by Susan Hotchkiss

On April 6, we have a unique opportunity to hear a world-class jazz concert right in our church! Our former music director, Jeannie Gagné, will be joined by Stan Strickland, Bruce Gertz, and Alberto Netto, all globe-trotting Berklee jazz artists.

Anticipating our jazz concert, I’ve been thinking about Leonard Bernstein’s lectures to young people about music. He debunks the idea of “Classical Music” as static, long-haired, boring, or (worst yet) DEAD. He defines Classical Music as composed European music from about 1750 to 1820. Before that, historically, were Medieval, Renaissance, and Baroque music. After Classical were the Romantic, 20th and 21st century periods.

Bernstein calls this large body of music “Exact,” because it is notated and preserved in history. We performers do our best to play Exact music just as it was written—to honor the composer and provide a bridge back through the centuries.

By contrast, Jazz—an American art form shared throughout the world—is sometimes written down, but it’s hard to notate or read its highly complex syncopation. Most Jazz is loosely notated and not meant to be “exact.” A performer will take a jazz tune and “riff” from it, creating something expansive and unique to the moment in which it is performed. A group of jazz players pass the solo spots around. The players improvise, and the audience applauds during the performance to appreciate the artistry of each soloist. Jazz is a very creative, complex, liberating art form!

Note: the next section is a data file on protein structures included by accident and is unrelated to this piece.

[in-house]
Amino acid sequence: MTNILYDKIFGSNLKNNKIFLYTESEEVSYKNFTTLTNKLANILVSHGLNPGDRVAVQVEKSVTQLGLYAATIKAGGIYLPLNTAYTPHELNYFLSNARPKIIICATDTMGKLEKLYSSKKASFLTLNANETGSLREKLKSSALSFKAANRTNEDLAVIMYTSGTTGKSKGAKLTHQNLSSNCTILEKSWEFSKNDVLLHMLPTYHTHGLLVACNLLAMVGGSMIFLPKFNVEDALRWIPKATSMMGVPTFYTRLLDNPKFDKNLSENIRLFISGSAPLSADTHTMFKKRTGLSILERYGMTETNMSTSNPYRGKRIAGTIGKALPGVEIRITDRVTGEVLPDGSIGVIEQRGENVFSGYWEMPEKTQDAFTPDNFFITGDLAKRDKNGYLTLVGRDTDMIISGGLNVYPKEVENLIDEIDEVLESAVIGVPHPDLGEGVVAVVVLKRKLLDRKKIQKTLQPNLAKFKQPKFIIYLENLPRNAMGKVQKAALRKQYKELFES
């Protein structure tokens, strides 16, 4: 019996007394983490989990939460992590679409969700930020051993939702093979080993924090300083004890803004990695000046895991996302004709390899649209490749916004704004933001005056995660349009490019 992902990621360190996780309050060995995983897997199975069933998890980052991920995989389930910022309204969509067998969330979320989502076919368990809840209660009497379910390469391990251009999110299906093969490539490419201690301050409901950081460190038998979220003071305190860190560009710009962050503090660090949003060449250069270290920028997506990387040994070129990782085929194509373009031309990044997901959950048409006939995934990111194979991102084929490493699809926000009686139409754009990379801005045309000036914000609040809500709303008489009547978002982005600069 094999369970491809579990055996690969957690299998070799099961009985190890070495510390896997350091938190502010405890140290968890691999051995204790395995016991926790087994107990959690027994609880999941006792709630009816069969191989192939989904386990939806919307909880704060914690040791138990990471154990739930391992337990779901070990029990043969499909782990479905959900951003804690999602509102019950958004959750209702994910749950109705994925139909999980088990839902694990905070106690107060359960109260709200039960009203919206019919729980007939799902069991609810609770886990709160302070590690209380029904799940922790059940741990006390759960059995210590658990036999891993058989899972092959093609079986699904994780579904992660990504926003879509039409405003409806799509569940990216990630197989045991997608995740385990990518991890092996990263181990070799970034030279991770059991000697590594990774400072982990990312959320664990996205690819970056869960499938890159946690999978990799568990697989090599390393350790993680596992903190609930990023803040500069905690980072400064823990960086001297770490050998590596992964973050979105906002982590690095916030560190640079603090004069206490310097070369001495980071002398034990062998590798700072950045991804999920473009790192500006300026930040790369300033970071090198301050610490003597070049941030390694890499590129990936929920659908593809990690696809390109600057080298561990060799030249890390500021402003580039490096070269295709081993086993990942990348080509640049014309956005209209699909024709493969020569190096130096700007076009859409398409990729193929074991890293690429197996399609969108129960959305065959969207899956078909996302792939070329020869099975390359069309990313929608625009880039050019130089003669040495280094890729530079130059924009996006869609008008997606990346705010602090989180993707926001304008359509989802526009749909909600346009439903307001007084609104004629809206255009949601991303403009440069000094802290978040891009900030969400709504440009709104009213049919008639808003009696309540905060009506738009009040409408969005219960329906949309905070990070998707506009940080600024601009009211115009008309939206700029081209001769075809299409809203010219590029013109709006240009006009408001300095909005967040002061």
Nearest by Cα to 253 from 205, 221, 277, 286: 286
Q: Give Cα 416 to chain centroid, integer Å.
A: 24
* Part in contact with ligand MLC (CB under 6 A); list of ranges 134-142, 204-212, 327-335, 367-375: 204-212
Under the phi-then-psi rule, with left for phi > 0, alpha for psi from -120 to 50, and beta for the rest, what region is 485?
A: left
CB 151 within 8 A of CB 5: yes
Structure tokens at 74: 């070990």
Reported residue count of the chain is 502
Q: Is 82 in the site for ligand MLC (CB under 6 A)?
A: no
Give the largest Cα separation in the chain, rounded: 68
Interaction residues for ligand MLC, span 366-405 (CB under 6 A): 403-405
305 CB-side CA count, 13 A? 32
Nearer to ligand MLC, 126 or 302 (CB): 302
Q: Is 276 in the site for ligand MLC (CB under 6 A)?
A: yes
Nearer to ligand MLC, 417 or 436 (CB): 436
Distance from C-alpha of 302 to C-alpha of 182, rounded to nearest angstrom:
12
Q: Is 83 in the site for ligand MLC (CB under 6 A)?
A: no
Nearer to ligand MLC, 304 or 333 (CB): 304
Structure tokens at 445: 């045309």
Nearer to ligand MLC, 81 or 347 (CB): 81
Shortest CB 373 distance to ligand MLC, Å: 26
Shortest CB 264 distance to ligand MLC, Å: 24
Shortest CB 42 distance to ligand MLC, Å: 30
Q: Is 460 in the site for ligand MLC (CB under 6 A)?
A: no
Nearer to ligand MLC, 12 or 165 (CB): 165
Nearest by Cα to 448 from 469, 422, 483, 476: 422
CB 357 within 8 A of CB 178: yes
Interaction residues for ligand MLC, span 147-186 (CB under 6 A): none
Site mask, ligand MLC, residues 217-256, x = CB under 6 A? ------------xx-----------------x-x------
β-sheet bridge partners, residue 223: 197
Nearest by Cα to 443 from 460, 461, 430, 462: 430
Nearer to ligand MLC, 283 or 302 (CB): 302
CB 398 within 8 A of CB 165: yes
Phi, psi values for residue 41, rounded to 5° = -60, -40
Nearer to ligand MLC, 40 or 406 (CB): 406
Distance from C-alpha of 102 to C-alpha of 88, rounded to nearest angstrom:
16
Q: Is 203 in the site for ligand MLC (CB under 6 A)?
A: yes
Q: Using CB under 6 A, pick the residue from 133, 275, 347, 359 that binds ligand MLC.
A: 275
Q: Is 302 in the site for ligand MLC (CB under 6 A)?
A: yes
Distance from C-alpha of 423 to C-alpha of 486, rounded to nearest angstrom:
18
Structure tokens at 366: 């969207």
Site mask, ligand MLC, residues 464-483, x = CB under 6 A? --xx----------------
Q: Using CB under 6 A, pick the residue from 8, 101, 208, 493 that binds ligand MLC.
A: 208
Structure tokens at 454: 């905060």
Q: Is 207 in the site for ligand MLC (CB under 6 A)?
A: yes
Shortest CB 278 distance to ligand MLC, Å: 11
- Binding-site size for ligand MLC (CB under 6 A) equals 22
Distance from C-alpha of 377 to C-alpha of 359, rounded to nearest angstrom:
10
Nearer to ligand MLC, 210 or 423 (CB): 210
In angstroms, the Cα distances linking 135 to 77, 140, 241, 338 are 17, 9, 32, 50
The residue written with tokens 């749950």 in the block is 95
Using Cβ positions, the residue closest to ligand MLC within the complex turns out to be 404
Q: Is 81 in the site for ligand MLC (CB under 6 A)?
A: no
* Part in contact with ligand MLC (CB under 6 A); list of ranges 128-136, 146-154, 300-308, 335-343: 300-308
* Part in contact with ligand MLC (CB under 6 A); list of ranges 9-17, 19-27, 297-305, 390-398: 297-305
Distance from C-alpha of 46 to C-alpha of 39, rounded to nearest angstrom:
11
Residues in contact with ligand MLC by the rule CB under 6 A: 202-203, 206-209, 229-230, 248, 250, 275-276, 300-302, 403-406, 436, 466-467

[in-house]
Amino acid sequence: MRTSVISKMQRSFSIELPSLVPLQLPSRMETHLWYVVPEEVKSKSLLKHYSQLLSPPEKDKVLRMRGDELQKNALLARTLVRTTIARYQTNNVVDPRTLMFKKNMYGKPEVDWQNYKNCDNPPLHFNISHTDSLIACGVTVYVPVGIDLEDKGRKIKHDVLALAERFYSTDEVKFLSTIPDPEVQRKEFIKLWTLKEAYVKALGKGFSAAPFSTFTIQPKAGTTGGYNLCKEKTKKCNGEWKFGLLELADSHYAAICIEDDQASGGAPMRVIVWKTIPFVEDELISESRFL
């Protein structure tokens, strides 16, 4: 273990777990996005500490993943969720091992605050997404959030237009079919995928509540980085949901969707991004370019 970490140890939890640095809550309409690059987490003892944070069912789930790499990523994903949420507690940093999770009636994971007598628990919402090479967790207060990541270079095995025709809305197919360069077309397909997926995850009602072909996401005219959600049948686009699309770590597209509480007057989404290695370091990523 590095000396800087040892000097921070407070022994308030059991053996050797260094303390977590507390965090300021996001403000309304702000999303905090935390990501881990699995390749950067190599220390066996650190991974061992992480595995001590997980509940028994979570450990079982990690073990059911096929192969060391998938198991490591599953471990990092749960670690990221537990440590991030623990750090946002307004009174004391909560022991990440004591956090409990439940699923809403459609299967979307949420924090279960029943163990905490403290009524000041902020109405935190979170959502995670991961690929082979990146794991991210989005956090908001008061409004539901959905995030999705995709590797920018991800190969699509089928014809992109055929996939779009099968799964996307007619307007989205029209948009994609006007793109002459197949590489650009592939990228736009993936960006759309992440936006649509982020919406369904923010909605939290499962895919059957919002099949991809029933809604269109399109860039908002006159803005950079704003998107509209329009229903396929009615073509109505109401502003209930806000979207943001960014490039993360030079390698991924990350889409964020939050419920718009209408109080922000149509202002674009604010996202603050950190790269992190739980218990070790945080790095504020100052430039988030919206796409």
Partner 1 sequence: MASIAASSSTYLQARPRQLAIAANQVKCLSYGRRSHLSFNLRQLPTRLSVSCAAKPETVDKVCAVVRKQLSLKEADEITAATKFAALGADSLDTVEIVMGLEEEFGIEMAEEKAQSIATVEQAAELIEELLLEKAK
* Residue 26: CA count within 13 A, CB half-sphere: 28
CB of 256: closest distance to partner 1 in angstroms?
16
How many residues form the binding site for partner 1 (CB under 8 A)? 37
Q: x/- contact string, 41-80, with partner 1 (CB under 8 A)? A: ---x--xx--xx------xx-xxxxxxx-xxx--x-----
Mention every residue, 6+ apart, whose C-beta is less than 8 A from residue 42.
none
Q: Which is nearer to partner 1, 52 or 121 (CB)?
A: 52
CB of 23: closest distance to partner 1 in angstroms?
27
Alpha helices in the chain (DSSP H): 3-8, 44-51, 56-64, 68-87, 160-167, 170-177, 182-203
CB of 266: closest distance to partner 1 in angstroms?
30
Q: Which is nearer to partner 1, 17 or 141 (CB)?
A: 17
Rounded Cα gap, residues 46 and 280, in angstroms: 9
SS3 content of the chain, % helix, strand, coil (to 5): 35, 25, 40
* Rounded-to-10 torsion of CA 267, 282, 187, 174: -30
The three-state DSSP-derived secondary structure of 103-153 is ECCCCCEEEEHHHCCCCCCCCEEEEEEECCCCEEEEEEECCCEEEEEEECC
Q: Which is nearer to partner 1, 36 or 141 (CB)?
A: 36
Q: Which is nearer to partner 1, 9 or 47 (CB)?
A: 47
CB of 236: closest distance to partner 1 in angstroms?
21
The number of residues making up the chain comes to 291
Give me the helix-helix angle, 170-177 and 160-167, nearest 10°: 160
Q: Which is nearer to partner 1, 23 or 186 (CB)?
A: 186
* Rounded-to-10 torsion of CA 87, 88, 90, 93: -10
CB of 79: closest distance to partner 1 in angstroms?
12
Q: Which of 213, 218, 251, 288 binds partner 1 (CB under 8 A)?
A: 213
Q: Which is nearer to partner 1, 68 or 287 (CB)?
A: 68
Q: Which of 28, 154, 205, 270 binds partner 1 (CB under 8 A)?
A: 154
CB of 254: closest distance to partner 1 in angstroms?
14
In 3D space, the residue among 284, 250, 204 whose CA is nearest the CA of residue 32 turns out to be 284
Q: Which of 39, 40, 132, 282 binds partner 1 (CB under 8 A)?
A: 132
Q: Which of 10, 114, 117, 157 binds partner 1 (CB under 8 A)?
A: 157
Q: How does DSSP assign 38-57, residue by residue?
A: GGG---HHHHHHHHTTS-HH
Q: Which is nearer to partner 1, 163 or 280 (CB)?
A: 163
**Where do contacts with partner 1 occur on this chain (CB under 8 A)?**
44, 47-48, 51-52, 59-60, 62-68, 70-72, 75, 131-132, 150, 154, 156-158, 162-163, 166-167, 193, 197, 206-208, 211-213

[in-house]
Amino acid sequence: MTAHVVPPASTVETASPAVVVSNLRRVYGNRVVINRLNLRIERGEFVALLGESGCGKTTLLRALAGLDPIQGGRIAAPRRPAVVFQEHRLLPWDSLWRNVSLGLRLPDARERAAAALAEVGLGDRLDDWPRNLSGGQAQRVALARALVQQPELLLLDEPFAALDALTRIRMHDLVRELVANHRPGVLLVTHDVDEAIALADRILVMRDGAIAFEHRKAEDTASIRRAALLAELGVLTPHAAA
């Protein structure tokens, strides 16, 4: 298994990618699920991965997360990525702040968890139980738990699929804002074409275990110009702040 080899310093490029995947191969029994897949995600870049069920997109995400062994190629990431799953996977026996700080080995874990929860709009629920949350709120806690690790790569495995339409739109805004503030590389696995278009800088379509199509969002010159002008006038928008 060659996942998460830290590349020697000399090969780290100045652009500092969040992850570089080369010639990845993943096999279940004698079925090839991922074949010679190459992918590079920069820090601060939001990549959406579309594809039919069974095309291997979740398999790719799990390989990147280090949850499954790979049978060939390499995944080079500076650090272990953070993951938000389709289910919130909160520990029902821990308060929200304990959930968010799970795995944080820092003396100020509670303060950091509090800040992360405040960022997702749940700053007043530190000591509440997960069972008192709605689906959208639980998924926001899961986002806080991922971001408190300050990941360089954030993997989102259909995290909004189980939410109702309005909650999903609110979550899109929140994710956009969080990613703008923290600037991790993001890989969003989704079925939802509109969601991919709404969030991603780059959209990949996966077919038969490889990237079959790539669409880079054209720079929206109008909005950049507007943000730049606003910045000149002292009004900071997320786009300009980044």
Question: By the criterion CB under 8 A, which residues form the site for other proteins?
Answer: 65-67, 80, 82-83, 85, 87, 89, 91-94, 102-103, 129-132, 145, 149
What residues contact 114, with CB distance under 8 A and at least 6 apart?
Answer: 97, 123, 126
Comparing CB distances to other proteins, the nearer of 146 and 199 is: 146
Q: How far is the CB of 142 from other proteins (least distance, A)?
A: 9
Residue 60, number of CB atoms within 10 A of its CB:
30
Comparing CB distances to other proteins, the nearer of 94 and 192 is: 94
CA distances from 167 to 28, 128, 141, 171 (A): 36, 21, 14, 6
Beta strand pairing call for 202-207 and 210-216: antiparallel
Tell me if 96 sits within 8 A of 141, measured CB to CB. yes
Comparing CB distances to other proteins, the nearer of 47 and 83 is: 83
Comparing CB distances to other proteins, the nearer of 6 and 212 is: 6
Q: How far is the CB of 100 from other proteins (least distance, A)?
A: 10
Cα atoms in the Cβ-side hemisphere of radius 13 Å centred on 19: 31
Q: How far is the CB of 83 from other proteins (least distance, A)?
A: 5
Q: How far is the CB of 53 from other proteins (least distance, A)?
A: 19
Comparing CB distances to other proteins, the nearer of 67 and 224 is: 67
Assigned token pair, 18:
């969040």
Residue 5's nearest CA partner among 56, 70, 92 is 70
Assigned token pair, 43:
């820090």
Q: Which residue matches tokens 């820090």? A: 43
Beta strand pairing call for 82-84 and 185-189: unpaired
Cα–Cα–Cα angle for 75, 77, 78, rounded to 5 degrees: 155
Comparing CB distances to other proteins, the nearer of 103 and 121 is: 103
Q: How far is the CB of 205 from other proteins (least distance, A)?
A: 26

On April 6, Jazz Music Night will start at 7:30 p.m., and we hope to pack the house for a rousing success! Tickets are available online through our website: Early-bird special is $20 online through March 20, then $25 online and $30 at the door.

Here’s to music, both exact and improvised!

Susan Hotchkiss, Director of Music